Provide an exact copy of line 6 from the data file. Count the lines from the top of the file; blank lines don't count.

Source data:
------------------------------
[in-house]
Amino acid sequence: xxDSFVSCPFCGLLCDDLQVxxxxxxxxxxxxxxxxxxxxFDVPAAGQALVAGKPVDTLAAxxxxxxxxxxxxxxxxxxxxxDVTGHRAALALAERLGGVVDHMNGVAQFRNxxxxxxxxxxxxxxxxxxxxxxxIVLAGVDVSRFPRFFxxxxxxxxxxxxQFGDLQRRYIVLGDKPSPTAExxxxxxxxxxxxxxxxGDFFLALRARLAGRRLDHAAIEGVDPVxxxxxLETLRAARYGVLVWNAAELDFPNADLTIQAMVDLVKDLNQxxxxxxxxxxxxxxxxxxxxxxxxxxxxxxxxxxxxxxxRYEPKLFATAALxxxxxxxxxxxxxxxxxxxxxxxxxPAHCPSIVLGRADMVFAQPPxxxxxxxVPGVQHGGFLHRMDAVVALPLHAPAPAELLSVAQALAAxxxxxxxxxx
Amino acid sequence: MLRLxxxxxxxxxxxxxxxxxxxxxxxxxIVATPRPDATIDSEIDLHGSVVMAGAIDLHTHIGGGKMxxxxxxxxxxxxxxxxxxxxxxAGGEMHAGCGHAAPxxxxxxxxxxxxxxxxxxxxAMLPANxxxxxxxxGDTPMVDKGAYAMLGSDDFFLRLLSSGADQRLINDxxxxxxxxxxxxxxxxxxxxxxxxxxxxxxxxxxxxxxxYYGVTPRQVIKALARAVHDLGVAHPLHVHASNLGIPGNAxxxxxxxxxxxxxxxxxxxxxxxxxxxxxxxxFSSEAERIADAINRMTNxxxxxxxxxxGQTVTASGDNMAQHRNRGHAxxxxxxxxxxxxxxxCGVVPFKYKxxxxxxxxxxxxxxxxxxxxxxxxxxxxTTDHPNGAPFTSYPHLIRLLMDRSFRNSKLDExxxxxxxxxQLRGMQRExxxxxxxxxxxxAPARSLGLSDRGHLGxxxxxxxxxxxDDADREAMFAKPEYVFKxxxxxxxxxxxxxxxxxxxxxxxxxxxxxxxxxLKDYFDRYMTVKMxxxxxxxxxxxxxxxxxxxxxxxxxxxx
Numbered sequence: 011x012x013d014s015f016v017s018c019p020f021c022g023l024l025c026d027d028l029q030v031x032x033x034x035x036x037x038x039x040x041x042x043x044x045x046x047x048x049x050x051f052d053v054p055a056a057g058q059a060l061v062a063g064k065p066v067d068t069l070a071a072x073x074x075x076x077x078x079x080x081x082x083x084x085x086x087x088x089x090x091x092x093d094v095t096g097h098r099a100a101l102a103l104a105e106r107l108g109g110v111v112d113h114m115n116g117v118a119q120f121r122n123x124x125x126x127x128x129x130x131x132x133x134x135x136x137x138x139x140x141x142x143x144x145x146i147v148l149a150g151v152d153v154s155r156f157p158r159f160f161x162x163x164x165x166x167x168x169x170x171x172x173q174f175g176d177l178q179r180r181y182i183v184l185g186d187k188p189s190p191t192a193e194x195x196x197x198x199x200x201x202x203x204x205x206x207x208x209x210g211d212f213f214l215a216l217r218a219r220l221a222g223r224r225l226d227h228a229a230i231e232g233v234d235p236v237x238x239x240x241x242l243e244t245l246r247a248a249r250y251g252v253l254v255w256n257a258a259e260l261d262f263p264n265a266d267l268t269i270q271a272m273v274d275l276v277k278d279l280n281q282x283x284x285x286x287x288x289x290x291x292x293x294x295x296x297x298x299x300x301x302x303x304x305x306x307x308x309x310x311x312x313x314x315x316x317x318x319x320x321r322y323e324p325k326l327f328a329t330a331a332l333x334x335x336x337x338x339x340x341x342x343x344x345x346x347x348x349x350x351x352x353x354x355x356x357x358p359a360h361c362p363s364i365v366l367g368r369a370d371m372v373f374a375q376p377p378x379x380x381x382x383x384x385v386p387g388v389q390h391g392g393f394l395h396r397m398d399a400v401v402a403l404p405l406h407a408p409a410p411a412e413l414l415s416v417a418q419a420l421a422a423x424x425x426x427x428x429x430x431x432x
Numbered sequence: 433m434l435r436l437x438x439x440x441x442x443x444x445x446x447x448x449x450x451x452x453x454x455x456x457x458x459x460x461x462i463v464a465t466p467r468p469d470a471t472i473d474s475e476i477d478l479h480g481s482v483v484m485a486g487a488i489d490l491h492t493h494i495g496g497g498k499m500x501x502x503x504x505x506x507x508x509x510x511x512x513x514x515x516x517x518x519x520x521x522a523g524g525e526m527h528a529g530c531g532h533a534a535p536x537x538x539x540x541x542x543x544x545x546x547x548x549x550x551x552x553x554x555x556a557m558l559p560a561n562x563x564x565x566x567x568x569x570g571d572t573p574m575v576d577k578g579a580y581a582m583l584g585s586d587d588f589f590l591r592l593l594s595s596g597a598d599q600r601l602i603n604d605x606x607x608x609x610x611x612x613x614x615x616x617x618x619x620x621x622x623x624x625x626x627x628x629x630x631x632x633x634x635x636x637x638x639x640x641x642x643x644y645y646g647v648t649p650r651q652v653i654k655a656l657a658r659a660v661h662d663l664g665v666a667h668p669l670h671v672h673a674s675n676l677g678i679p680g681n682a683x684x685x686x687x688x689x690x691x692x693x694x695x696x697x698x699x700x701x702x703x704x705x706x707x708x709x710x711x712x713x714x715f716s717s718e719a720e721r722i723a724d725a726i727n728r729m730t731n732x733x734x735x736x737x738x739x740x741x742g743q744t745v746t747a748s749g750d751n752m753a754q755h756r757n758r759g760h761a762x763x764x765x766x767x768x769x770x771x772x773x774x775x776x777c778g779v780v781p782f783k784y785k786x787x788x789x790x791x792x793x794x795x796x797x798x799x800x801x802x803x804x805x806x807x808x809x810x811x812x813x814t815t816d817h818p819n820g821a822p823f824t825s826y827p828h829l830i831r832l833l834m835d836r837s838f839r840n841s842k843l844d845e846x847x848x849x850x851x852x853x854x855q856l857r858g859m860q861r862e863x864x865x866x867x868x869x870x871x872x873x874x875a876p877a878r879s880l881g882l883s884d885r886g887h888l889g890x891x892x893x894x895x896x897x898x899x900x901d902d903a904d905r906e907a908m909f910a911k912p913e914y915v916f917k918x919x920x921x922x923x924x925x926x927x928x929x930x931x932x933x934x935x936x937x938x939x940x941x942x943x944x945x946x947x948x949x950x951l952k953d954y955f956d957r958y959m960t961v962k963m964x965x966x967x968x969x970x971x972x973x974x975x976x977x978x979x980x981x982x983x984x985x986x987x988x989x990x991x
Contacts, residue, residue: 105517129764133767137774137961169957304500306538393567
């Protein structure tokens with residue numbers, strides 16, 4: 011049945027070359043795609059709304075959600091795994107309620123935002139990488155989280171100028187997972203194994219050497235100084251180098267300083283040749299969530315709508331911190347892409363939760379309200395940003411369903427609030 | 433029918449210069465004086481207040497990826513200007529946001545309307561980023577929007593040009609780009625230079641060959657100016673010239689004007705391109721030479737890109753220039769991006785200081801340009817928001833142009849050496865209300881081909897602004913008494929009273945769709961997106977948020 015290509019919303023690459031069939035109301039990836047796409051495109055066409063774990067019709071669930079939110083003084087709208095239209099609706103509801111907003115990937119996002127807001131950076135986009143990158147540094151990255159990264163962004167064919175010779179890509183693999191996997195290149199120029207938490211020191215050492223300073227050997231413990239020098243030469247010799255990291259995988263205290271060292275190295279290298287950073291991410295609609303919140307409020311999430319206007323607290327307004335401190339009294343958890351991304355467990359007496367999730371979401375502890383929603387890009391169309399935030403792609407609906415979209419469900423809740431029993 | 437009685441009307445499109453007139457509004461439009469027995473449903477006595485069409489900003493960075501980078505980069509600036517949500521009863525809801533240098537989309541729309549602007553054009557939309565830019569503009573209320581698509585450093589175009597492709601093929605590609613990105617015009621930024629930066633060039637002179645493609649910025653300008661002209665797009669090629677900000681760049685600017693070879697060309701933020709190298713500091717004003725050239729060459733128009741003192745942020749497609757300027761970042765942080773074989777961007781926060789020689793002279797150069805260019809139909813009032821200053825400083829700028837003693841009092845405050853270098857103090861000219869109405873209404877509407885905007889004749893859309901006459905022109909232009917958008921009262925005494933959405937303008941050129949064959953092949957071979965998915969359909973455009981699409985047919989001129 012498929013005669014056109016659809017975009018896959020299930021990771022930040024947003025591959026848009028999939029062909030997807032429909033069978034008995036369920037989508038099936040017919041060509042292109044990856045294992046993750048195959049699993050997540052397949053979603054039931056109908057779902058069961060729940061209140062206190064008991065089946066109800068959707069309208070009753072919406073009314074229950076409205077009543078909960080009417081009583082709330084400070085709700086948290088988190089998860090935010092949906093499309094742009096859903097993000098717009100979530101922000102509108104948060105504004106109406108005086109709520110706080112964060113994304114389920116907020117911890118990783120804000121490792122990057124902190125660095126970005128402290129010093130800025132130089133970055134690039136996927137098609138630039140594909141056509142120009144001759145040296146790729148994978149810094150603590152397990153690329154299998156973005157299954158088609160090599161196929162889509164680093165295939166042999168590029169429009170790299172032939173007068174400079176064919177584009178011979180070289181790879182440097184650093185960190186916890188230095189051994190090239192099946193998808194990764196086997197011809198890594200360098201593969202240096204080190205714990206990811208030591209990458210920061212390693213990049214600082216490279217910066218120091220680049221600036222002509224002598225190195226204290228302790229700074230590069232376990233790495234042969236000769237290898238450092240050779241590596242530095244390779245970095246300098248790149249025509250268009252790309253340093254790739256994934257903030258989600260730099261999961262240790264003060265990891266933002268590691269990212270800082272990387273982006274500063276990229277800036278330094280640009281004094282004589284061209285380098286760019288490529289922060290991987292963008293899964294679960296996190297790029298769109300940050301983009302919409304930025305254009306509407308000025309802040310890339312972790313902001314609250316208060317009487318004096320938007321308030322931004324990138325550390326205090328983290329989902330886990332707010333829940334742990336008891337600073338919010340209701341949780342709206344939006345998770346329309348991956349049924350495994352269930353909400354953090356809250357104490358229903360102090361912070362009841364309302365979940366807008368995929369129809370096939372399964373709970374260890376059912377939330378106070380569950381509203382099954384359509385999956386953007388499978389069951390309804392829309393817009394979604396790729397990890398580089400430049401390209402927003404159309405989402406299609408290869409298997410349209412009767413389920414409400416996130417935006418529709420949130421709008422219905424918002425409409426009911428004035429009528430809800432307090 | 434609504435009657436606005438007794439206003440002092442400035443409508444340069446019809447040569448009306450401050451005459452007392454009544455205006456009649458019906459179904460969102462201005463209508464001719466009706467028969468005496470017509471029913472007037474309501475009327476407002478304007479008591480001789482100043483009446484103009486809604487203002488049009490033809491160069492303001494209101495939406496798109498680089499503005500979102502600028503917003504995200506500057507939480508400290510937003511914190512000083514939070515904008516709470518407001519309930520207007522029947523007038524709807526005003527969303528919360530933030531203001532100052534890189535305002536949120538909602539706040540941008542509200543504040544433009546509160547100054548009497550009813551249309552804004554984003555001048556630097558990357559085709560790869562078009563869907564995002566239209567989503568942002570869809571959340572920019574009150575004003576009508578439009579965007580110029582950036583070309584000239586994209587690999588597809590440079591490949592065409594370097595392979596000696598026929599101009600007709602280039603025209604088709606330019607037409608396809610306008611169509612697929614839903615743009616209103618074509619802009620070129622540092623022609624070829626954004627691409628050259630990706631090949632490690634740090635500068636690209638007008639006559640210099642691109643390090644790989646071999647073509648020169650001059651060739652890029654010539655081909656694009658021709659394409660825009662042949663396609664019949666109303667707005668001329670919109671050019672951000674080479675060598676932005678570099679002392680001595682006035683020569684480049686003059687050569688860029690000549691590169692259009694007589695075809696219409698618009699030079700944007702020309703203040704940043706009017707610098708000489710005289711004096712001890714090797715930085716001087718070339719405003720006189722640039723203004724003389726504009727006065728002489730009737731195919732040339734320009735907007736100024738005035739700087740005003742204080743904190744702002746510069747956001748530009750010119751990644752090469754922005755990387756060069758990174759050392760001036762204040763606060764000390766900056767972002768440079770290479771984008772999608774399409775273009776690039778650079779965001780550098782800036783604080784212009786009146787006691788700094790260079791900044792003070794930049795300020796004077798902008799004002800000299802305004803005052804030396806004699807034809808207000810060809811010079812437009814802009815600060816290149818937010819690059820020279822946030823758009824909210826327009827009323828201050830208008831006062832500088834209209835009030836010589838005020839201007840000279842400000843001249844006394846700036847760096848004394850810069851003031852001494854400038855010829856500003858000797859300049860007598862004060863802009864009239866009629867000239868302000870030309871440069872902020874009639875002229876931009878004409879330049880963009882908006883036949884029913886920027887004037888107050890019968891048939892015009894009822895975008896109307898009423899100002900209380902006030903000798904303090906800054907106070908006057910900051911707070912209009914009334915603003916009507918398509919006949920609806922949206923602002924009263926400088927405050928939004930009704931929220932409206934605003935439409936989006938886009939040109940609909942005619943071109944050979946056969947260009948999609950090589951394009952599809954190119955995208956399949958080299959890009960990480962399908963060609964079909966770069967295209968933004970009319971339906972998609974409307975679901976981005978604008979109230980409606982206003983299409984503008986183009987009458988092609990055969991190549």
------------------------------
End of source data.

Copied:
Contacts, residue, residue: 105517129764133767137774137961169957304500306538393567